Int8Array is likewise utilized as a part of the laborer, to see the information in the cradle.

The normal esteem shows up in the reassure from the laborer string, which is precisely what we needed:

console output:



[worker]
Data received from main thread: 9

Presently, how about we refresh the information in the fundamental string to check whether the change is reflected in the laborer.

index.html


const w = new Worker('worker.js'),
buff = new SharedArrayBuffer(1);
var   arr = new Int8Array(buff);
/* setting data */
arr[0] = 9;
/* sending the buffer (copy) to worker */
w.postMessage(buff);
/* changing the data */


What's more, as should be obvious beneath, the refresh reflects inside the laborer!


console output
[worker]
Data received from main thread: 1


Be that as it may, the code additionally needs to work the a different way: esteem in the laborer changes at initially, it likewise should be refreshed when it's printed from the fundamental string.

For this situation, our code resembles this:

worker.js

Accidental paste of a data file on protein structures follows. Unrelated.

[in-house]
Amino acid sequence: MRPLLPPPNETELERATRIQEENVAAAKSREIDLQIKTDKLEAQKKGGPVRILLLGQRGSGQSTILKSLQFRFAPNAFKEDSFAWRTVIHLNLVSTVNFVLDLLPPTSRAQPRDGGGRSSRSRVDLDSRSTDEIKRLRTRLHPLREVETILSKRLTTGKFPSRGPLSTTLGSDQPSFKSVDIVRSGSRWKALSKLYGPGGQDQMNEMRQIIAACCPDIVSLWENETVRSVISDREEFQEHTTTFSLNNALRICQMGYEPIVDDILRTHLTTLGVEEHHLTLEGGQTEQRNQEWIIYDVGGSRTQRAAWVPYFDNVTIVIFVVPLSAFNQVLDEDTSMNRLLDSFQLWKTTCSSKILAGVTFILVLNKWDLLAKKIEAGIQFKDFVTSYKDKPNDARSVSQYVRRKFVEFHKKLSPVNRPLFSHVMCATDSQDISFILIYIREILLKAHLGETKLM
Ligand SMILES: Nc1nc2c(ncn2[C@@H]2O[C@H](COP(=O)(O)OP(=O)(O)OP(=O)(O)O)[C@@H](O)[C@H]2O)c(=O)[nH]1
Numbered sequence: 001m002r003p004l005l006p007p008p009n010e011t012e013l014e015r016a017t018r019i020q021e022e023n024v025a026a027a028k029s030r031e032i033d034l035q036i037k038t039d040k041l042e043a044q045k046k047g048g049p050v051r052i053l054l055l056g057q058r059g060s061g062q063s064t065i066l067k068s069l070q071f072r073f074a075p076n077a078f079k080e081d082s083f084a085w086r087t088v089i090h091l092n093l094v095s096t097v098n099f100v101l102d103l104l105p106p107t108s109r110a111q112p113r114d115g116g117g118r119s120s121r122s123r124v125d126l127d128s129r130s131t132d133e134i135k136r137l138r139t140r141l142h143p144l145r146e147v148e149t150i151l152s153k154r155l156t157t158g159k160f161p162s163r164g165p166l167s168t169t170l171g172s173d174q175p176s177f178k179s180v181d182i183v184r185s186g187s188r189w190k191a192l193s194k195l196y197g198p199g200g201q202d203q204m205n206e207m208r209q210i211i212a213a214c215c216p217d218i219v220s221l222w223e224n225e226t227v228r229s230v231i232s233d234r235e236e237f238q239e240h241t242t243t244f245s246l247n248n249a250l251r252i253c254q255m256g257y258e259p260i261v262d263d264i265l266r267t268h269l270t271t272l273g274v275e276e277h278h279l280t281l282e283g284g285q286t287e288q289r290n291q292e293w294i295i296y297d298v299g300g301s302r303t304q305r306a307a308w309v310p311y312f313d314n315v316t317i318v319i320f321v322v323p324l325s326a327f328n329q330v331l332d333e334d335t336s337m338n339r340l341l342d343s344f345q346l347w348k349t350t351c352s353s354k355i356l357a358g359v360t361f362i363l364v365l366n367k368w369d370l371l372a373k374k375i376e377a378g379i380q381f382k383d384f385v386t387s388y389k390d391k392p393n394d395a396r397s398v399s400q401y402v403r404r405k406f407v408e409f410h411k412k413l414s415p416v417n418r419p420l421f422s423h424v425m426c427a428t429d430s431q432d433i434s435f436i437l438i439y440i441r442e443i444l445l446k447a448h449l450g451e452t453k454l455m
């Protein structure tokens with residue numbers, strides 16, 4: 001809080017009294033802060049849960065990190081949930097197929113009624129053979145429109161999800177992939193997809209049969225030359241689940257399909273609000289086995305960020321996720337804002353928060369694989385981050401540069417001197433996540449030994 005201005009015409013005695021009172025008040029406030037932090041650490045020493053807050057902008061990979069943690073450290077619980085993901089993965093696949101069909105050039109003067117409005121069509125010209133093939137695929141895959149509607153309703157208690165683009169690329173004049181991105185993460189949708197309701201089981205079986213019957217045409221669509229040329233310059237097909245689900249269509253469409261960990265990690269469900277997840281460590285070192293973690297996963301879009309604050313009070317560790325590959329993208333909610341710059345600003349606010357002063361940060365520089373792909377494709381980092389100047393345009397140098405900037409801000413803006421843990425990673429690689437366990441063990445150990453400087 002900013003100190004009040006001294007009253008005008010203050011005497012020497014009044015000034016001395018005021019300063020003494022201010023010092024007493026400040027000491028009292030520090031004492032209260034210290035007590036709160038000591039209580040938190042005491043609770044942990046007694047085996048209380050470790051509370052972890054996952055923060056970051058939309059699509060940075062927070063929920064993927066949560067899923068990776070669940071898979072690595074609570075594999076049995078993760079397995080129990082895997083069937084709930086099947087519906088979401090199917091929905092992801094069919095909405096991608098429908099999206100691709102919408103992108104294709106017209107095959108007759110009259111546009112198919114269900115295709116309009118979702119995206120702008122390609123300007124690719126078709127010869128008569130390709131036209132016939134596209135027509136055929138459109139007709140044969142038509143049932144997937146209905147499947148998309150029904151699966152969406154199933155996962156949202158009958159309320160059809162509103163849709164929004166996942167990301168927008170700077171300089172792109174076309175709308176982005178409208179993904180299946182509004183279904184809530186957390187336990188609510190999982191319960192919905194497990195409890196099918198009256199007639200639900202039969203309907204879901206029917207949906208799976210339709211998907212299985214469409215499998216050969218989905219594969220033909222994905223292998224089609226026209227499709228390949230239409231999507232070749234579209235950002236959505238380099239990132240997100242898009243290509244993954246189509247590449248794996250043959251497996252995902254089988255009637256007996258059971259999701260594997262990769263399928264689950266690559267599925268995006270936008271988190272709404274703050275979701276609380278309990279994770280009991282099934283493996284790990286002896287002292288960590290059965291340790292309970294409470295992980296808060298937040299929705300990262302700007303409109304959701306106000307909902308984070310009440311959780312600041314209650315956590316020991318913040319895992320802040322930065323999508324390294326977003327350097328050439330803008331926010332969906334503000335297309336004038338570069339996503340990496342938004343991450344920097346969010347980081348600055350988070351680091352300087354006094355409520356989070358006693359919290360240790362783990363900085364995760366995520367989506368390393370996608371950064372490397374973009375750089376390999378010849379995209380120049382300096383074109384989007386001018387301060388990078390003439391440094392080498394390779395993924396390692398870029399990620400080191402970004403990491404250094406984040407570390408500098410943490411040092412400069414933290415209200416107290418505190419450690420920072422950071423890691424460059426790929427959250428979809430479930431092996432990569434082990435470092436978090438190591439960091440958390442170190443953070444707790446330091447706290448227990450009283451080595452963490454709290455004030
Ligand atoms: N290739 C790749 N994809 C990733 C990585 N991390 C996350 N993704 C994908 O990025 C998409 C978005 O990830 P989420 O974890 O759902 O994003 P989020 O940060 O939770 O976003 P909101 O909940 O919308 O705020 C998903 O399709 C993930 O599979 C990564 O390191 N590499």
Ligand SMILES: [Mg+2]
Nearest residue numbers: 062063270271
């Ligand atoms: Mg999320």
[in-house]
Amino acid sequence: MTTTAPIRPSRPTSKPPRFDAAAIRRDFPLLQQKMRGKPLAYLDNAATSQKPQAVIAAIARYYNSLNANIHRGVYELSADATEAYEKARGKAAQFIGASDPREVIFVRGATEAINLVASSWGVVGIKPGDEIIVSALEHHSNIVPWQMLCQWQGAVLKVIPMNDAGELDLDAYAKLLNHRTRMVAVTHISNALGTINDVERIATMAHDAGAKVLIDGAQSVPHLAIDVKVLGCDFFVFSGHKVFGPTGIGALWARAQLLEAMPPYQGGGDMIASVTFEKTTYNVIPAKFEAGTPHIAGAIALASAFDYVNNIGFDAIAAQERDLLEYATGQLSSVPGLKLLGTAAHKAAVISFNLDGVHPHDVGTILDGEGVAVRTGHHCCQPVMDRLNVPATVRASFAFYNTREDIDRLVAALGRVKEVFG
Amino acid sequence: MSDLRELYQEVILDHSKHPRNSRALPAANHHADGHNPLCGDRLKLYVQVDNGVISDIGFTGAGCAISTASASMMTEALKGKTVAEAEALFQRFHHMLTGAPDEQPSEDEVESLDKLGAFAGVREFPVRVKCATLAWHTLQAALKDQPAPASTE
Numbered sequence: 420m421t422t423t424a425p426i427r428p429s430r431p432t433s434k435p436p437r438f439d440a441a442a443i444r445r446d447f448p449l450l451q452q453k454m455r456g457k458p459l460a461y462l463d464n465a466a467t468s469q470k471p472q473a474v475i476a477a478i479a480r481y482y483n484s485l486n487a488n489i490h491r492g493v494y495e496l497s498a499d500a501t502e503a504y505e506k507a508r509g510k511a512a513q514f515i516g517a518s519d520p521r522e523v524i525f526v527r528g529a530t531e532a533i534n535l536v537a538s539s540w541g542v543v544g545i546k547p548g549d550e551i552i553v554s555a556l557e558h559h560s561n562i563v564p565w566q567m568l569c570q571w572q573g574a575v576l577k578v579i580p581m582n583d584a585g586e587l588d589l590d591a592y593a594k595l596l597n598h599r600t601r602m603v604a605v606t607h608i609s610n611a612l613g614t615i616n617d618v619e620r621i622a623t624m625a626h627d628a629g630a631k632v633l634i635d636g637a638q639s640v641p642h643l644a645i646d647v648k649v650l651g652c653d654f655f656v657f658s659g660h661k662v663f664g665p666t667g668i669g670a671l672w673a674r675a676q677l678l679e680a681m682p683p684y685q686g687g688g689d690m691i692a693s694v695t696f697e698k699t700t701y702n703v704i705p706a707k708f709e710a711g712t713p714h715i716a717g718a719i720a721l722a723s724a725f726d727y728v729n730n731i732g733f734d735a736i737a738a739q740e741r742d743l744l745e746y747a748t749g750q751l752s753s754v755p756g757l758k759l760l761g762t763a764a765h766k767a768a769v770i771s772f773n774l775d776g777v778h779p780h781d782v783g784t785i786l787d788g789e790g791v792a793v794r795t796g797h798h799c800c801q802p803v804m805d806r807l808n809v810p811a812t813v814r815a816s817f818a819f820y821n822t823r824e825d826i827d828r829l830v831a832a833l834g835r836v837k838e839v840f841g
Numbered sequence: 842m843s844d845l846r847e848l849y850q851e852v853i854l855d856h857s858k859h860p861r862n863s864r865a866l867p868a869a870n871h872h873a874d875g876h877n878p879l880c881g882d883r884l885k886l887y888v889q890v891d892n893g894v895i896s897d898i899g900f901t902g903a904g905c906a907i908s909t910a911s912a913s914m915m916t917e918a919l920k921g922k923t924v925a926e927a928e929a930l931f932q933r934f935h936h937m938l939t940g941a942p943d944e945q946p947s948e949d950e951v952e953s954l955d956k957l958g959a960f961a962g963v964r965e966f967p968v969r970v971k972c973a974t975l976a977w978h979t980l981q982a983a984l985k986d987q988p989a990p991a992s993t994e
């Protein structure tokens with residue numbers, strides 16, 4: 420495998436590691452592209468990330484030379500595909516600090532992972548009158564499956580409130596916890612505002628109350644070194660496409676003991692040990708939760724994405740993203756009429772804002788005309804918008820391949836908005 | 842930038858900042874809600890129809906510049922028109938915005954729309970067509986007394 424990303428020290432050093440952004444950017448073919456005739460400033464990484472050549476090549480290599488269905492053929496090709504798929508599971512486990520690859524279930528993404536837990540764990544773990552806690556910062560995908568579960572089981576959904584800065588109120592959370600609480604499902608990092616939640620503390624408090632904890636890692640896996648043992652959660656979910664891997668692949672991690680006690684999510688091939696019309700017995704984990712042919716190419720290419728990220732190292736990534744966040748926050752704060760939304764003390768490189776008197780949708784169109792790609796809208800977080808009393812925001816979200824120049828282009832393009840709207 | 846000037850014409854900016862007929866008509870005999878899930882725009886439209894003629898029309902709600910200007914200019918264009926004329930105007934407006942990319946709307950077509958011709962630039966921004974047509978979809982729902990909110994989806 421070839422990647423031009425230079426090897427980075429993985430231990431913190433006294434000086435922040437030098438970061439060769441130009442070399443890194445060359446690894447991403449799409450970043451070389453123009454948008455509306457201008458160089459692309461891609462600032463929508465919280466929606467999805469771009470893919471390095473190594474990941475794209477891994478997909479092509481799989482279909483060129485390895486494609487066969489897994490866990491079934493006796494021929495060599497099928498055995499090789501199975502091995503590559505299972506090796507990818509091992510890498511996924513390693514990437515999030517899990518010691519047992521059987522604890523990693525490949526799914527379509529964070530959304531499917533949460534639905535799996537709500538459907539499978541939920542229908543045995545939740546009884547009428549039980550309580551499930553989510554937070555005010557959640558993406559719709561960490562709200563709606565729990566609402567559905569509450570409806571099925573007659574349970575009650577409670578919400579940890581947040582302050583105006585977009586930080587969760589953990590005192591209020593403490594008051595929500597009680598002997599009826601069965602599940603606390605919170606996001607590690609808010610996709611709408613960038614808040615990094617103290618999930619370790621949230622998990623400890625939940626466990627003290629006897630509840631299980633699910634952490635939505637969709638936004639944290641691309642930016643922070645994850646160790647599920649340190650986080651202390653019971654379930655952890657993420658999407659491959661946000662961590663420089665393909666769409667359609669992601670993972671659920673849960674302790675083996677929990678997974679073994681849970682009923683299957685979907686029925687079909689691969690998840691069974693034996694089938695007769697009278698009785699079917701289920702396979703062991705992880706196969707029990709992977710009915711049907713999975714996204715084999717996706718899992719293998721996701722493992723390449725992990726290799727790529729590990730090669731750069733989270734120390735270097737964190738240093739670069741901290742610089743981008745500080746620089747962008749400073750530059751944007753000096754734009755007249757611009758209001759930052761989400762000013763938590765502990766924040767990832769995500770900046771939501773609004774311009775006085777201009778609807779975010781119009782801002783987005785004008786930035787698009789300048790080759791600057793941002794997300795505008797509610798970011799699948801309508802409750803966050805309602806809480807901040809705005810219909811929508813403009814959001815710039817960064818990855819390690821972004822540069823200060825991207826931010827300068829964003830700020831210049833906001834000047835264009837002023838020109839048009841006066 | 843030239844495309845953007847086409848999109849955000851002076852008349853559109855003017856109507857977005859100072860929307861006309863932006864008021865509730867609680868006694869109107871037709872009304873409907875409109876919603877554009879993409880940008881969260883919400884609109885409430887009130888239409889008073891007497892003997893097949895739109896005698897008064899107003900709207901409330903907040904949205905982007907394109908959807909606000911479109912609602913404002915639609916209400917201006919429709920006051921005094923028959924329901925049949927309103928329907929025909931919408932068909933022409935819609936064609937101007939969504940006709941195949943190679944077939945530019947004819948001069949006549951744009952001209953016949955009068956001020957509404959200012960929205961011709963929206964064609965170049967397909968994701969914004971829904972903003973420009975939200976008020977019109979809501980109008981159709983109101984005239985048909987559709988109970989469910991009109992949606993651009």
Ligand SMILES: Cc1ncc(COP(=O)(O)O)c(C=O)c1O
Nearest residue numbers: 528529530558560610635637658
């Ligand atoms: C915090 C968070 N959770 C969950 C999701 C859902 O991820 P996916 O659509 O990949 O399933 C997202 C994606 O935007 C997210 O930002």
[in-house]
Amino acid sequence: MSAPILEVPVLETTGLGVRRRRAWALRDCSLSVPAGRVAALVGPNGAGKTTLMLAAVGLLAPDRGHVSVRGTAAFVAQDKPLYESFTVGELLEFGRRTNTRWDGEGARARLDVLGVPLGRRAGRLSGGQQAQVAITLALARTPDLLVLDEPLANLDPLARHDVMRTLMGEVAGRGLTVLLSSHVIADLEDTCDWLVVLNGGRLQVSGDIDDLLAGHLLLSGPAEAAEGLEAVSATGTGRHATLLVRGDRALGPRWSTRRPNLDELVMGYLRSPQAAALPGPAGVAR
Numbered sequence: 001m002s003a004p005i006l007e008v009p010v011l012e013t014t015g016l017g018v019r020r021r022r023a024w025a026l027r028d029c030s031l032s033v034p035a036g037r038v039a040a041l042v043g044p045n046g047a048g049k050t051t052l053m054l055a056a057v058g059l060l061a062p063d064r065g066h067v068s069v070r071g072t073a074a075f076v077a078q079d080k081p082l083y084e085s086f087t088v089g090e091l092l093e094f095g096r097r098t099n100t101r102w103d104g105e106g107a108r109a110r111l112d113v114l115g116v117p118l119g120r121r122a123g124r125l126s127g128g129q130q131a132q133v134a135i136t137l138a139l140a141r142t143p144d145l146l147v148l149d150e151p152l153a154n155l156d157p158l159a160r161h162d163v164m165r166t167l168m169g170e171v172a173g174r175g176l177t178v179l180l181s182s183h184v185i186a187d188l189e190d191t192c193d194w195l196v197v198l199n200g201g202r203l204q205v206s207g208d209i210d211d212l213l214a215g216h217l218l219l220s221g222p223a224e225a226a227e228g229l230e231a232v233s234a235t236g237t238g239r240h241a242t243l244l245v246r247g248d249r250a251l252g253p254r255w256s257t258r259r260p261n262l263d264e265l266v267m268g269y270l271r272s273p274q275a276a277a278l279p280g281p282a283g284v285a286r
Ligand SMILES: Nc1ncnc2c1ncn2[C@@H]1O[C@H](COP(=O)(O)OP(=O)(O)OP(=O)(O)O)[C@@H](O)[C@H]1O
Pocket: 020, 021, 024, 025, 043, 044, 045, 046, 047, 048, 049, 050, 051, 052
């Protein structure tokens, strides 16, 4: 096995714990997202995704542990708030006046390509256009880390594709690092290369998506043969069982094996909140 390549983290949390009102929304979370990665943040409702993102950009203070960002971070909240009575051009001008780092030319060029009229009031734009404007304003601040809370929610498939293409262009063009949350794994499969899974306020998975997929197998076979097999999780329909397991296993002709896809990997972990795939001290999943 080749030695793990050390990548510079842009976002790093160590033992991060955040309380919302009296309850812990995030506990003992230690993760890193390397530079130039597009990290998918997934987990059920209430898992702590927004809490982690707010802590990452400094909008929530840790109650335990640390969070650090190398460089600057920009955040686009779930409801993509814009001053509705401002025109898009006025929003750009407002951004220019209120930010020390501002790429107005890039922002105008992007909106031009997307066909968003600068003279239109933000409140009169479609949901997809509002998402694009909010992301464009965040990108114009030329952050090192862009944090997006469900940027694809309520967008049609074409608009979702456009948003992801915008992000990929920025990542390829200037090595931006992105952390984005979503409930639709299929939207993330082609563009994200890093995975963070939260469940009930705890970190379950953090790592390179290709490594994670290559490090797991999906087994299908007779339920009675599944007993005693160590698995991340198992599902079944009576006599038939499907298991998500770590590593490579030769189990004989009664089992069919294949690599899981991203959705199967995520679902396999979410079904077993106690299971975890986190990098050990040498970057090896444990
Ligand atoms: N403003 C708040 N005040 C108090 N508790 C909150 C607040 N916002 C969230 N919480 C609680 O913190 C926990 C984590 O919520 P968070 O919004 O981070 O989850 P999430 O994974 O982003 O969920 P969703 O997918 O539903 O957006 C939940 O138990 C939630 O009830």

onmessage = (e)=>{
  var arr = new Int8Array(e.data);
  console.group('[worker]');
  console.log('Data received from main thread: %i', arr[0]);
  console.groupEnd();
  /* changing the data */
  arr[0] = 7;
  /* posting to the main thread */
  postMessage('');
}


The information is changed in the laborer and a vacant message is presented on the primary string flagging that the information in the cradle has been changed and is prepared for the fundamental string to be yielded.

index.html



const w = new Worker('worker.js'),
buff = new SharedArrayBuffer(1);
var   arr = new Int8Array(buff);
/* setting data */
arr[0] = 9;
/* sending the buffer (copy) to worker */
w.postMessage(buff);
/* changing the data */
arr[0] = 1;
/* printing the data after the worker has changed it */
w.onmessage = (e)=>{
  console.group('[main]');
  console.log('Updated data received from worker thread: %i', arr[0]);
  console.groupEnd();


And, this works, too! The data in the buffer is same as the data inside the worker.

console output


[worker]
Data received from main thread: 1
[main]
Updated data received from worker thread: 7


Conclusion

As I've specified before, utilizing shared memory in JavaScript isn't without drawbacks. It's up to designers to guarantee that the grouping of execution occurs as anticipated and no two strings are dashing to get similar information in light of the fact that nobody knows who will take the trophy. 

On the off chance that you are occupied with shared memory more, observe the documentation of the Atomics protest. The Atomics question can help you with a portion of the hardships, by lessening the flighty idea of perusing/composing from the mutual memory.

3 comments:


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    1. thanks for supporting us, we will keep posting in this blog for you,